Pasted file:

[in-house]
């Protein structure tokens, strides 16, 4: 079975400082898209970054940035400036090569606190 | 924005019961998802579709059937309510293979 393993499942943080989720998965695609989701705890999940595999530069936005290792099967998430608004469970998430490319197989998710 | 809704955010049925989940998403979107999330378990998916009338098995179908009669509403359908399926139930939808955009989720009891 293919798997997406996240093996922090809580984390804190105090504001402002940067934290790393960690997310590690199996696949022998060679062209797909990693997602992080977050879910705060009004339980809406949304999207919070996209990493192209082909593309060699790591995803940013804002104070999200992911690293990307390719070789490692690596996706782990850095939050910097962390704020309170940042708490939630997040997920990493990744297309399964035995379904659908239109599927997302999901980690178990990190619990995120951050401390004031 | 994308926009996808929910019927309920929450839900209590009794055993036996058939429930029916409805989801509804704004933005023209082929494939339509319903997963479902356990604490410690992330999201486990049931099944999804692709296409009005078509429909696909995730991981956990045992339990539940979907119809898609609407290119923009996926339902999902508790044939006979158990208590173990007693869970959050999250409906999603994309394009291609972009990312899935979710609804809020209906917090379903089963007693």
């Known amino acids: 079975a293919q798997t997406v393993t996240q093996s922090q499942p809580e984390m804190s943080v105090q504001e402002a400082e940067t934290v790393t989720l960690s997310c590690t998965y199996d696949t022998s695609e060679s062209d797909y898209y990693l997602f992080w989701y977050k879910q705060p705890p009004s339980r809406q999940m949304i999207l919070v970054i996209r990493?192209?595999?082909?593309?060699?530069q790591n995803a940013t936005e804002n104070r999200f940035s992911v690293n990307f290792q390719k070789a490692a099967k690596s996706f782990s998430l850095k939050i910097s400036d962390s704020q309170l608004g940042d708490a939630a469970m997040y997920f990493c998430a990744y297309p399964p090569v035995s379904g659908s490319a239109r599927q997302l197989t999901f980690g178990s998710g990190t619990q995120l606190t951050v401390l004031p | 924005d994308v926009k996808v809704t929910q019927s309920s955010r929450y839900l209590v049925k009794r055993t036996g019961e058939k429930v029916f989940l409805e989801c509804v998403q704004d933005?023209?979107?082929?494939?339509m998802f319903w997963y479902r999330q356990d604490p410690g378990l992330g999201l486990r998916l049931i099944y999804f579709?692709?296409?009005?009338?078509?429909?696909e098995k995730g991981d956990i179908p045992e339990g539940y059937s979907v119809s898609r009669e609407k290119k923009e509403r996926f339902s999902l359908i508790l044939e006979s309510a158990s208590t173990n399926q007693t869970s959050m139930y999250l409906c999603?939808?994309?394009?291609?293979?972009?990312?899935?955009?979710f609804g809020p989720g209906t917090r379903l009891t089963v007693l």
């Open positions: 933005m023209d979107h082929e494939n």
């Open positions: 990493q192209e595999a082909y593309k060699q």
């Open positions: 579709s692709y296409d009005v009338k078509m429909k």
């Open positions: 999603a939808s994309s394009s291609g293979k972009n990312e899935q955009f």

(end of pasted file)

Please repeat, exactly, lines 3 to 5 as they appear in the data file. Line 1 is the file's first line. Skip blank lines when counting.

């Known amino acids: 079975a293919q798997t997406v393993t996240q093996s922090q499942p809580e984390m804190s943080v105090q504001e402002a400082e940067t934290v790393t989720l960690s997310c590690t998965y199996d696949t022998s695609e060679s062209d797909y898209y990693l997602f992080w989701y977050k879910q705060p705890p009004s339980r809406q999940m949304i999207l919070v970054i996209r990493?192209?595999?082909?593309?060699?530069q790591n995803a940013t936005e804002n104070r999200f940035s992911v690293n990307f290792q390719k070789a490692a099967k690596s996706f782990s998430l850095k939050i910097s400036d962390s704020q309170l608004g940042d708490a939630a469970m997040y997920f990493c998430a990744y297309p399964p090569v035995s379904g659908s490319a239109r599927q997302l197989t999901f980690g178990s998710g990190t619990q995120l606190t951050v401390l004031p | 924005d994308v926009k996808v809704t929910q019927s309920s955010r929450y839900l209590v049925k009794r055993t036996g019961e058939k429930v029916f989940l409805e989801c509804v998403q704004d933005?023209?979107?082929?494939?339509m998802f319903w997963y479902r999330q356990d604490p410690g378990l992330g999201l486990r998916l049931i099944y999804f579709?692709?296409?009005?009338?078509?429909?696909e098995k995730g991981d956990i179908p045992e339990g539940y059937s979907v119809s898609r009669e609407k290119k923009e509403r996926f339902s999902l359908i508790l044939e006979s309510a158990s208590t173990n399926q007693t869970s959050m139930y999250l409906c999603?939808?994309?394009?291609?293979?972009?990312?899935?955009?979710f609804g809020p989720g209906t917090r379903l009891t089963v007693l």
């Open positions: 933005m023209d979107h082929e494939n």
């Open positions: 990493q192209e595999a082909y593309k060699q």